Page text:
Throughout the chase, and more so as the episode progressed, we’re revealed the unique attitudes and opinions of each rebel. Kanan is the calm, cool and kick-ass leader. Zeb is the brutish tough guy – able to easily carry a wookie on his shoulders. Sabine is a beautiful Mandalorian graffiti artist with a bit of sass. Hera is a talented Twi’lek pilot with a heart of gold. She’s also got a “thing” going on with Kanan which I love for so many reasons! Chopper is a spunky astromech droid that loves to talk back to his owners. And finally, Ezra, a Force-sensitive brat with no family and no future. That is, until he meets Kanan and his squad. Ezra struggles to find trust early on, but eventually opens up and opts in to be one of them.
The episode keeps its pace as a space battle against TIE fighters quickly gets underway. So far everything in the episode is very reminiscent of the events in Episode IV. The story gets deeper when we come across the rebels selling their stolen goods for credits in a rundown refugee camp named Tarkin town – named after the notorious Grand Moff Tarkin who has taken away homeland of the refugees thus forcing them to hold up elsewhere. Ezra gets his first glimpse of what the Imperial Empire is truly capable of. He’s equally shocked when he’s dragged into a rescue mission meant to save a group of wookies that have been enslaved by the empire. Never having to look out for anyone but himself, Ezra can’t fathom what motivates these strangers to put their lives at risk for others.
In the midst of the wookie rescue, it becomes apparent that the whole setup IS A TRAP!! I was channeling my inner Ackbar just there. A clever scheme orchestrated by the Imperial Agent Kallus, the rebels only narrowly escape. But not without setbacks; Ezra gets caught making his escape and becomes a prisoner. After mild debate among the original band of rebels, they decide to go back and rescue Ezra. Again, the team just barely pulls it off.
The episode concludes with an actual wookie rescue carried out in dramatic fashion. In this climatic end, Kanan reveals himself to the Imperial captors as a Jedi – lightsaber and all!! He’s been hiding his true origins as best he could in this post “Order 66” galaxy. All of that’s about to become unraveled with his secret finally uncovered. Escaping one more time (with rescued wookies) the rebels take Ezra back to Lothal to spare him from any other crazy adventures that present him with no personal return. As they part ways Ezra has a vision – one of Kanan offering him the chance to be his apprentice, a chance to be a Jedi. The aspect of traveling the galaxy and getting into danger for other people’s sake may not drive him the way it does the other rebels, but having traveled and adventured with the team over the past few days, he realizes that the opportunity to be part of a family and grow strong in the ways of the The Force is too good to pass up. Ezra agrees to be Kanan’s apprentice. The rebels shoot off into space for their next adventure. They’re not the only ones cruising the stars though. Agent Kallus having just witnessed the appearance of a Jedi calls on an another special agent of the Empire. Known only as “The Inquisitor,” this ominous character is sure to give our rebels a hard time in the episodes to follow.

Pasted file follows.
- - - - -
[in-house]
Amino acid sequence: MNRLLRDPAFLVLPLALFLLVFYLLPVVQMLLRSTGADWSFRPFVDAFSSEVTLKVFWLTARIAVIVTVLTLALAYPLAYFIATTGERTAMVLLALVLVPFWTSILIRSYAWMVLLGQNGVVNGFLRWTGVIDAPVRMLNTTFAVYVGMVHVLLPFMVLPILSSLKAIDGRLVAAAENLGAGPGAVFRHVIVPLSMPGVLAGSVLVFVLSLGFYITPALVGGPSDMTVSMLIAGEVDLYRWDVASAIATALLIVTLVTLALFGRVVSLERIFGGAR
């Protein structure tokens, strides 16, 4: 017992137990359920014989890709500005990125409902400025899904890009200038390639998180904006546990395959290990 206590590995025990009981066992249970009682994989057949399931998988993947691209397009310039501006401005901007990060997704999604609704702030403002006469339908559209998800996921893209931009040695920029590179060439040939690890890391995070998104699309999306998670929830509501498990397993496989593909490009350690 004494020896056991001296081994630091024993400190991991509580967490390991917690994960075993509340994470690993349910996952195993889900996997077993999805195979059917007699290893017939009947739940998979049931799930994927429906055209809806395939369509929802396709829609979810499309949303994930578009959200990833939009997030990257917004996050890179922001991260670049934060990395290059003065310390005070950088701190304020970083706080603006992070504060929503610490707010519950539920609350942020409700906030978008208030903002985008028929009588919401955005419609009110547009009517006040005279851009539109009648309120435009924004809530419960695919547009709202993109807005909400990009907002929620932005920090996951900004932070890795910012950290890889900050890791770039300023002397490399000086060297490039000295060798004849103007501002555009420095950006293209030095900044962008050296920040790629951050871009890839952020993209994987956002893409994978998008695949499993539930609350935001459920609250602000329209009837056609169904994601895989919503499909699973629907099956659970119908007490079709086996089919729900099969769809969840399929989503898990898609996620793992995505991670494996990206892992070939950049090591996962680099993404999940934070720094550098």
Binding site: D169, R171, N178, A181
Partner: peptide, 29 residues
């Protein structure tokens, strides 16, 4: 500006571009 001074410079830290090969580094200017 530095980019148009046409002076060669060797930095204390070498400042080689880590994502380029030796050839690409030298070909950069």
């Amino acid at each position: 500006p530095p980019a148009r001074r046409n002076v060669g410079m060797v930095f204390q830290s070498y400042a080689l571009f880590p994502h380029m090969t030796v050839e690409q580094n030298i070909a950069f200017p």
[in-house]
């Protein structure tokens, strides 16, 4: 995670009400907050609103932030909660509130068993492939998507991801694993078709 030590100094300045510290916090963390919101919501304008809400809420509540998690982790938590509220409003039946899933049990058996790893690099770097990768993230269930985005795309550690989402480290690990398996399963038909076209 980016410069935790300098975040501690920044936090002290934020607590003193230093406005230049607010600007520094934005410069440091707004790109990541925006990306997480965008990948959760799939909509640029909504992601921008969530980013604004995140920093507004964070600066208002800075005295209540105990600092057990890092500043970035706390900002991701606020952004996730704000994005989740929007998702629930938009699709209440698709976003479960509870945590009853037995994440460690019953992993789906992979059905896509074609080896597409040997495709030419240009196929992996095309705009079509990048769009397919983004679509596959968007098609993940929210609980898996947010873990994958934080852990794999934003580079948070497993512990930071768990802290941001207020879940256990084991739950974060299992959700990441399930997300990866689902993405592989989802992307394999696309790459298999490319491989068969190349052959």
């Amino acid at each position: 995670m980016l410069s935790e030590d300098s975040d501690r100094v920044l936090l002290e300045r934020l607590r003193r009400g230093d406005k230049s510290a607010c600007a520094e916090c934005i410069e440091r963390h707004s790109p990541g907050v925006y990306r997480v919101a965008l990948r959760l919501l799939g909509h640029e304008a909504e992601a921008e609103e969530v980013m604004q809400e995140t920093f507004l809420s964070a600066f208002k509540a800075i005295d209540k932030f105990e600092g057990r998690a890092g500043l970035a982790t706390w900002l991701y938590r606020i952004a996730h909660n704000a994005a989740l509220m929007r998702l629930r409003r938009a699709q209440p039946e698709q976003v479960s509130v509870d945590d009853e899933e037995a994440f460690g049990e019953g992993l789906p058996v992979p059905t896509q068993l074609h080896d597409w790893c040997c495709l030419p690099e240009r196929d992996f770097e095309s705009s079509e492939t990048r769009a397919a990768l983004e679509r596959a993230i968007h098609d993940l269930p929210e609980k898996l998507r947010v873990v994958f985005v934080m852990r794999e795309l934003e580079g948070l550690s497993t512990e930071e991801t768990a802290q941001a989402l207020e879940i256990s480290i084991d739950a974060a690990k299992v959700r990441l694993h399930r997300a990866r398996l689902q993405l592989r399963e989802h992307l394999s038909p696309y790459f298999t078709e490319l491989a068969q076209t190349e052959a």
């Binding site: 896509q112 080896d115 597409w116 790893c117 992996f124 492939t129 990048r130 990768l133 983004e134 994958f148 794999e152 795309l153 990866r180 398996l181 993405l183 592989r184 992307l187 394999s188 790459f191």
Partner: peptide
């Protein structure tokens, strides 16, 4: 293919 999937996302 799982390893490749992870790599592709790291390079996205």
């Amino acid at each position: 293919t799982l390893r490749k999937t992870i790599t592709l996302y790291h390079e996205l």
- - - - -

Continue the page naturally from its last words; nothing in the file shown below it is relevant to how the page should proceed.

Hush Comics gives the premiere Star Wars Rebels episode a B. My fears of having a Clone Wars repeat are subdued for the time being. The series has all the right elements to ensure it keeps fans hooked. The characters are engaging – let’s just hope they are dynamic. The opening episode was driven with a clear plot – let’s hope that continues and evolves. Homage to the original movies were apparent – let’s hope that Weisman and Filoni don’t mess it up this time. Overall, I’m incredibly joyed to have more Star Wars in my life. I can’t wait to see how Rebels impacts the beloved galaxy of far, far away and a long time ago.